Ecstasy-induced acute coronary syndrome: Something to rave about

Authors

  • Kerry Hoggett,

    Corresponding author
    1. Department of Emergency Medicine, Royal Perth Hospital
    2. New South Wales Poisons Information Centre, Sydney, New South Wales, Australia
      Dr Kerry Hoggett, Department of Emergency Medicine, Royal Perth Hospital, Box X2213 GPO, Perth, WA 6847, Australia. Email: kerry.hoggett@health.wa.gov.au
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  • David McCoubrie,

    1. Department of Emergency Medicine, Royal Perth Hospital
    2. New South Wales Poisons Information Centre, Sydney, New South Wales, Australia
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  • Daniel M Fatovich

    1. Department of Emergency Medicine, Royal Perth Hospital
    2. Centre for Clinical Research in Emergency Medicine, Western Australian Institute for Medical Research, Perth, Western Australia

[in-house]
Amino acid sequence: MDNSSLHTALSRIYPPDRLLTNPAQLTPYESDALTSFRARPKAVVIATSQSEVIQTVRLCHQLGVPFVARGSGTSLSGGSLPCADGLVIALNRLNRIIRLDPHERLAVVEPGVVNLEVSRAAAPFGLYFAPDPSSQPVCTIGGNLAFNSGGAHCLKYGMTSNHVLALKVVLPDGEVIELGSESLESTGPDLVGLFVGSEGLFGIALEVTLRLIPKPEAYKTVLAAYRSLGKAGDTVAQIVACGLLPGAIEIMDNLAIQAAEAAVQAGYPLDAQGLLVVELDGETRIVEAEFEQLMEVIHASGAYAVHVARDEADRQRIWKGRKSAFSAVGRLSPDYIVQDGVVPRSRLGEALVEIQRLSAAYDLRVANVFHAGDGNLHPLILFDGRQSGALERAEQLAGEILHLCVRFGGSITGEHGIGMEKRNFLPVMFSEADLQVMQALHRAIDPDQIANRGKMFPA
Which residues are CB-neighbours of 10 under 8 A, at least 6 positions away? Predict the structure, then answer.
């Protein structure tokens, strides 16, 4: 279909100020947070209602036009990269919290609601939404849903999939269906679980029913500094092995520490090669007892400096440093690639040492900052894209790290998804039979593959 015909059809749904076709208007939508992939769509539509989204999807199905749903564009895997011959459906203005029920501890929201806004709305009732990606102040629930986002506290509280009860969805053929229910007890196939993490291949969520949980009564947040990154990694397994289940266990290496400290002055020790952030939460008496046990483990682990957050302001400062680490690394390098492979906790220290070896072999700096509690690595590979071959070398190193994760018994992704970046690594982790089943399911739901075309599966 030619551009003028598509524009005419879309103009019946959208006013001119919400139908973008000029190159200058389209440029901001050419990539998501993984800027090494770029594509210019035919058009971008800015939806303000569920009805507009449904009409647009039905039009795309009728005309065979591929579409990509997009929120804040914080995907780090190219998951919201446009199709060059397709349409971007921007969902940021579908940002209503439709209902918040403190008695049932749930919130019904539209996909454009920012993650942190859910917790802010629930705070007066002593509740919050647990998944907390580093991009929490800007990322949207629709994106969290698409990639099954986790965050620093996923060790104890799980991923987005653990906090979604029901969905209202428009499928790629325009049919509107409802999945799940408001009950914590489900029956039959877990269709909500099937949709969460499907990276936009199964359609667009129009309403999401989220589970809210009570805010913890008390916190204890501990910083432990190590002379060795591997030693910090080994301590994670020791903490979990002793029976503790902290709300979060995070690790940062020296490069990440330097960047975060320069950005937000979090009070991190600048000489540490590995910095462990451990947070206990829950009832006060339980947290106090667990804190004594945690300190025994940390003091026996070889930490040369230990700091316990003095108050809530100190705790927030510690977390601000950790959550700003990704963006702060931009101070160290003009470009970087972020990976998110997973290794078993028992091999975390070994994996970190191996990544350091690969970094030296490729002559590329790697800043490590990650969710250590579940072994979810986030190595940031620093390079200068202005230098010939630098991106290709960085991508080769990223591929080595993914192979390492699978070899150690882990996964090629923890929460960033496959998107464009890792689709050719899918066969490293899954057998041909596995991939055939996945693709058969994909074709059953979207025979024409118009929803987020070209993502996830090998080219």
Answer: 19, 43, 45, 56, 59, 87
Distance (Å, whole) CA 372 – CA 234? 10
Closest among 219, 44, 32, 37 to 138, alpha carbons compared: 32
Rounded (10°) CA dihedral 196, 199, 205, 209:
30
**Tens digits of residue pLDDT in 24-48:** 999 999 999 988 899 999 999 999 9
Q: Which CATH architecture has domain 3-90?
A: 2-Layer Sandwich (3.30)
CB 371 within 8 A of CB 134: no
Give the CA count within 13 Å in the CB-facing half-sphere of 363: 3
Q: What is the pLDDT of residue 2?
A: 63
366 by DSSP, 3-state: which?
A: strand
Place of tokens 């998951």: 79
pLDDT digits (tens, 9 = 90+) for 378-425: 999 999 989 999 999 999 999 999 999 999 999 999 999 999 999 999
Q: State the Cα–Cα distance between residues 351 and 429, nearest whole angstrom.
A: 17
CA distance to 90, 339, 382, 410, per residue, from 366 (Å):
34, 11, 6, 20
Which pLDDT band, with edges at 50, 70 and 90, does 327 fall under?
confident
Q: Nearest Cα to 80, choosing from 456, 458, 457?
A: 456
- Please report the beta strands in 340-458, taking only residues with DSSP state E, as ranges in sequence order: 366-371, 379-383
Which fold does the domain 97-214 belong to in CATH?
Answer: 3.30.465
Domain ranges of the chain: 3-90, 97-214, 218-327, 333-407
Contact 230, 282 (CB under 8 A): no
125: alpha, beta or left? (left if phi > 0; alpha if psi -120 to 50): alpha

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  • Kerry Hoggett, MBBS, GCertClinTox, FACEM, Emergency Physician, Clinical Toxicology Fellow; David McCoubrie, MBBS, FACEM, Emergency Physician, Clinical Toxicologist; Daniel M Fatovich, MBBS, FACEM, Professor of Emergency Medicine.

Dr Kerry Hoggett, Department of Emergency Medicine, Royal Perth Hospital, Box X2213 GPO, Perth, WA 6847, Australia. Email: kerry.hoggett@health.wa.gov.au

Abstract

Ecstasy or 3,4-methylenedioxymethamphetamine is a commonly used illicit recreational drug, enjoying popularity for its stimulant effects. Although acute coronary syndrome is recognized after cocaine and methamphetamine use, association with Ecstasy use has rarely been reported. We report three cases of significantly delayed acute coronary syndrome and ST elevation myocardial infarction related to ingestion of Ecstasy.

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